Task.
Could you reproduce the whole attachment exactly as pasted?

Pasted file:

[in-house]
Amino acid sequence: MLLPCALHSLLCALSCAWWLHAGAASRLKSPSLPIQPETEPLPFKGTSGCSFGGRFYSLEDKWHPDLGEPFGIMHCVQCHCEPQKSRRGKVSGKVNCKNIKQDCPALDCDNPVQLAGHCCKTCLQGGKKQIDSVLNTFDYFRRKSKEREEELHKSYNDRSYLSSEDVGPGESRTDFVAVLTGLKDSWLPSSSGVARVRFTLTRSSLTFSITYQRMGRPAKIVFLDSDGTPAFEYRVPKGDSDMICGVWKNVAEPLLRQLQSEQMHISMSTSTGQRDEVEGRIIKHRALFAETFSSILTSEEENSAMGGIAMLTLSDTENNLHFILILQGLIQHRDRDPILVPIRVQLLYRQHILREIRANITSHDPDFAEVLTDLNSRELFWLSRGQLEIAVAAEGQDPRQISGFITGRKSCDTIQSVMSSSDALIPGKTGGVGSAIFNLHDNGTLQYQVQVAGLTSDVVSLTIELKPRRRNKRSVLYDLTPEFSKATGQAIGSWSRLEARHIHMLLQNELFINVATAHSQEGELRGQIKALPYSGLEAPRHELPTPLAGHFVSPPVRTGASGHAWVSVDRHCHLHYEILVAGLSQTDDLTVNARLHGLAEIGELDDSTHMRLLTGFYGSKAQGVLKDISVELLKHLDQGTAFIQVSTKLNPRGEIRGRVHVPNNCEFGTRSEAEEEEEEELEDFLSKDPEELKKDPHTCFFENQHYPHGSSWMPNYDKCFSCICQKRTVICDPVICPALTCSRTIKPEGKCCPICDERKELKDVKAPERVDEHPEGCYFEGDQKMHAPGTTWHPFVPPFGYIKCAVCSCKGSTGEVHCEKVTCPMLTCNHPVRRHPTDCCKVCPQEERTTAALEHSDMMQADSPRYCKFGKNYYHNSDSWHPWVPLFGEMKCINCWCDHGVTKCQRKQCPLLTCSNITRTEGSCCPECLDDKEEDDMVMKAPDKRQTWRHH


[in-house]
Amino acid sequence: MLLPCALHSLLCALSCAWWLHAGAASRLKSPSLPIQPETEPLPFKGTSGCSFGGRFYSLEDKWHPDLGEPFGIMHCVQCHCEPQKSRRGKVSGKVNCKNIKQDCPALDCDNPVQLAGHCCKTCLQGGKKQIDSVLNTFDYFRRKSKEREEELHKSYNDRSYLSSEDVGPGESRTDFVAVLTGLKDSWLPSSSGVARVRFTLTRSSLTFSITYQRMGRPAKIVFLDSDGTPAFEYRVPKGDSDMICGVWKNVAEPLLRQLQSEQMHISMSTSTGQRDEVEGRIIKHRALFAETFSSILTSEEENSAMGGIAMLTLSDTENNLHFILILQGLIQHRDRDPILVPIRVQLLYRQHILREIRANITSHDPDFAEVLTDLNSRELFWLSRGQLEIAVAAEGQDPRQISGFITGRKSCDTIQSVMSSSDALIPGKTGGVGSAIFNLHDNGTLQYQVQVAGLTSDVVSLTIELKPRRRNKRSVLYDLTPEFSKATGQAIGSWSRLEARHIHMLLQNELFINVATAHSQEGELRGQIKALPYSGLEAPRHELPTPLAGHFVSPPVRTGASGHAWVSVDRHCHLHYEILVAGLSQTDDLTVNARLHGLAEIGELDDSTHMRLLTGFYGSKAQGVLKDISVELLKHLDQGTAFIQVSTKLNPRGEIRGRVHVPNNCEFGTRSEAEEEEEEELEDFLSKDPEELKKDPHTCFFENQHYPHGSSWMPNYDKCFSCICQKRTVICDPVICPALTCSRTIKPEGKCCPICDERKELKDVKAPERVDEHPEGCYFEGDQKMHAPGTTWHPFVPPFGYIKCAVCSCKGSTGEVHCEKVTCPMLTCNHPVRRHPTDCCKVCPQEERTTAALEHSDMMQADSPRYCKFGKNYYHNSDSWHPWVPLFGEMKCINCWCDHGVTKCQRKQCPLLTCSNITRTEGSCCPECLDDKEEDDMVMKAPDKRQTWRHH